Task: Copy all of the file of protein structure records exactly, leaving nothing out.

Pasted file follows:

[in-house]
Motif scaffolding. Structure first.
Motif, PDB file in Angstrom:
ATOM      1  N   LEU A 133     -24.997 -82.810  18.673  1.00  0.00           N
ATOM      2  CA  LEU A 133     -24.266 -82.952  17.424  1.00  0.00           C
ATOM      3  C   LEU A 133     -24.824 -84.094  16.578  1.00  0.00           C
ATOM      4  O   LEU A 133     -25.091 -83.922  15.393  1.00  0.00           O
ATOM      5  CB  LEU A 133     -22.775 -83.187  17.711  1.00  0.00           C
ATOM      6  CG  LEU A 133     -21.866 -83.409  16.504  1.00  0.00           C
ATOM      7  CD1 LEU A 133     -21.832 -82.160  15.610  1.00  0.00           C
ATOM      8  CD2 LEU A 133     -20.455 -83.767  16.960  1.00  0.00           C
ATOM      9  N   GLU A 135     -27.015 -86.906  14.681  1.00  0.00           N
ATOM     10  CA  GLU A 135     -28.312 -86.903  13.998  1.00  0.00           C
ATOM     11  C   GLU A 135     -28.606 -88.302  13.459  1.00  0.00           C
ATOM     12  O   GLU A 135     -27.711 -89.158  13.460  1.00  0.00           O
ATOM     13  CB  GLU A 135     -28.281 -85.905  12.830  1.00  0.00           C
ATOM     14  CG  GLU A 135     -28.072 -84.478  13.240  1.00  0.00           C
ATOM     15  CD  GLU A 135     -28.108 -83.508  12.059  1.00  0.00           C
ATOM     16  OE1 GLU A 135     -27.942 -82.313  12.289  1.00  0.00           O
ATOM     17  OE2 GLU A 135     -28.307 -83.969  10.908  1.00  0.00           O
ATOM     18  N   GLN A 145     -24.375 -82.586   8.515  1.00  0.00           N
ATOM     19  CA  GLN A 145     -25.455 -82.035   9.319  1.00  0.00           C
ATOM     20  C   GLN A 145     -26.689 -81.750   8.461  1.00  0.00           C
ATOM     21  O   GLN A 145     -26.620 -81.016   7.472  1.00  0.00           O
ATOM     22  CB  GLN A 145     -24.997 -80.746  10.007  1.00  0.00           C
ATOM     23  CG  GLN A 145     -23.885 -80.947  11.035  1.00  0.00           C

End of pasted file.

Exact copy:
[in-house]
Motif scaffolding. Structure first.
Motif, PDB file in Angstrom:
ATOM      1  N   LEU A 133     -24.997 -82.810  18.673  1.00  0.00           N
ATOM      2  CA  LEU A 133     -24.266 -82.952  17.424  1.00  0.00           C
ATOM      3  C   LEU A 133     -24.824 -84.094  16.578  1.00  0.00           C
ATOM      4  O   LEU A 133     -25.091 -83.922  15.393  1.00  0.00           O
ATOM      5  CB  LEU A 133     -22.775 -83.187  17.711  1.00  0.00           C
ATOM      6  CG  LEU A 133     -21.866 -83.409  16.504  1.00  0.00           C
ATOM      7  CD1 LEU A 133     -21.832 -82.160  15.610  1.00  0.00           C
ATOM      8  CD2 LEU A 133     -20.455 -83.767  16.960  1.00  0.00           C
ATOM      9  N   GLU A 135     -27.015 -86.906  14.681  1.00  0.00           N
ATOM     10  CA  GLU A 135     -28.312 -86.903  13.998  1.00  0.00           C
ATOM     11  C   GLU A 135     -28.606 -88.302  13.459  1.00  0.00           C
ATOM     12  O   GLU A 135     -27.711 -89.158  13.460  1.00  0.00           O
ATOM     13  CB  GLU A 135     -28.281 -85.905  12.830  1.00  0.00           C
ATOM     14  CG  GLU A 135     -28.072 -84.478  13.240  1.00  0.00           C
ATOM     15  CD  GLU A 135     -28.108 -83.508  12.059  1.00  0.00           C
ATOM     16  OE1 GLU A 135     -27.942 -82.313  12.289  1.00  0.00           O
ATOM     17  OE2 GLU A 135     -28.307 -83.969  10.908  1.00  0.00           O
ATOM     18  N   GLN A 145     -24.375 -82.586   8.515  1.00  0.00           N
ATOM     19  CA  GLN A 145     -25.455 -82.035   9.319  1.00  0.00           C
ATOM     20  C   GLN A 145     -26.689 -81.750   8.461  1.00  0.00           C
ATOM     21  O   GLN A 145     -26.620 -81.016   7.472  1.00  0.00           O
ATOM     22  CB  GLN A 145     -24.997 -80.746  10.007  1.00  0.00           C
ATOM     23  CG  GLN A 145     -23.885 -80.947  11.035  1.00  0.00           C